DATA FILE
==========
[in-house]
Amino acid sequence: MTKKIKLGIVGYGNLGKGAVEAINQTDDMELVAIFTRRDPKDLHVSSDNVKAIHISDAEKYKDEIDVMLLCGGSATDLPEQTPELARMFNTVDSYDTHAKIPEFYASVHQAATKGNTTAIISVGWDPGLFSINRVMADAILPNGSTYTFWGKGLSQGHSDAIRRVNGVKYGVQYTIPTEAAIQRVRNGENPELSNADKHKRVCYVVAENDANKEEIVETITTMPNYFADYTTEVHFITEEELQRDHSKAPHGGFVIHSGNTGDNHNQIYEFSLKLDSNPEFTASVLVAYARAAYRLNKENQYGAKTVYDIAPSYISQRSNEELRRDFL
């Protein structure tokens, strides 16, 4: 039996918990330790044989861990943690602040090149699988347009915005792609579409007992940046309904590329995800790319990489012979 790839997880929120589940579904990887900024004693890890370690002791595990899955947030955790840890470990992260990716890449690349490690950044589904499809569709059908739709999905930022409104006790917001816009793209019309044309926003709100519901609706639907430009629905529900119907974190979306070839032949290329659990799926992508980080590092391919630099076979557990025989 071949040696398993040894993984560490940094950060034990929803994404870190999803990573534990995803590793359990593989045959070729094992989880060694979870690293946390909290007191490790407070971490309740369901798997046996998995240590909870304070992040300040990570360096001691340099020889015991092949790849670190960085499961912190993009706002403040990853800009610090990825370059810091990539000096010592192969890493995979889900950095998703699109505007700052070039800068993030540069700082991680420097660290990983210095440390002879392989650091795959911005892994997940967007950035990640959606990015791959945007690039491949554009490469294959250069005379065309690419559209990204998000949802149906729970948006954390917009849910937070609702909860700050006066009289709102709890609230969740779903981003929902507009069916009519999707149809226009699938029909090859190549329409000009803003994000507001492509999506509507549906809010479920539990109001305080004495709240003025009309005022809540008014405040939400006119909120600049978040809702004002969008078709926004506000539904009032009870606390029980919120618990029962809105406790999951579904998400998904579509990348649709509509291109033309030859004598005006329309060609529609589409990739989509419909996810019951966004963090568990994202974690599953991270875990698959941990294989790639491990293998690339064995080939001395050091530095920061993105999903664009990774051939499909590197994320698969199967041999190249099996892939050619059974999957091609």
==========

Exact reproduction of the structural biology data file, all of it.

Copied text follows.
[in-house]
Amino acid sequence: MTKKIKLGIVGYGNLGKGAVEAINQTDDMELVAIFTRRDPKDLHVSSDNVKAIHISDAEKYKDEIDVMLLCGGSATDLPEQTPELARMFNTVDSYDTHAKIPEFYASVHQAATKGNTTAIISVGWDPGLFSINRVMADAILPNGSTYTFWGKGLSQGHSDAIRRVNGVKYGVQYTIPTEAAIQRVRNGENPELSNADKHKRVCYVVAENDANKEEIVETITTMPNYFADYTTEVHFITEEELQRDHSKAPHGGFVIHSGNTGDNHNQIYEFSLKLDSNPEFTASVLVAYARAAYRLNKENQYGAKTVYDIAPSYISQRSNEELRRDFL
């Protein structure tokens, strides 16, 4: 039996918990330790044989861990943690602040090149699988347009915005792609579409007992940046309904590329995800790319990489012979 790839997880929120589940579904990887900024004693890890370690002791595990899955947030955790840890470990992260990716890449690349490690950044589904499809569709059908739709999905930022409104006790917001816009793209019309044309926003709100519901609706639907430009629905529900119907974190979306070839032949290329659990799926992508980080590092391919630099076979557990025989 071949040696398993040894993984560490940094950060034990929803994404870190999803990573534990995803590793359990593989045959070729094992989880060694979870690293946390909290007191490790407070971490309740369901798997046996998995240590909870304070992040300040990570360096001691340099020889015991092949790849670190960085499961912190993009706002403040990853800009610090990825370059810091990539000096010592192969890493995979889900950095998703699109505007700052070039800068993030540069700082991680420097660290990983210095440390002879392989650091795959911005892994997940967007950035990640959606990015791959945007690039491949554009490469294959250069005379065309690419559209990204998000949802149906729970948006954390917009849910937070609702909860700050006066009289709102709890609230969740779903981003929902507009069916009519999707149809226009699938029909090859190549329409000009803003994000507001492509999506509507549906809010479920539990109001305080004495709240003025009309005022809540008014405040939400006119909120600049978040809702004002969008078709926004506000539904009032009870606390029980919120618990029962809105406790999951579904998400998904579509990348649709509509291109033309030859004598005006329309060609529609589409990739989509419909996810019951966004963090568990994202974690599953991270875990698959941990294989790639491990293998690339064995080939001395050091530095920061993105999903664009990774051939499909590197994320698969199967041999190249099996892939050619059974999957091609």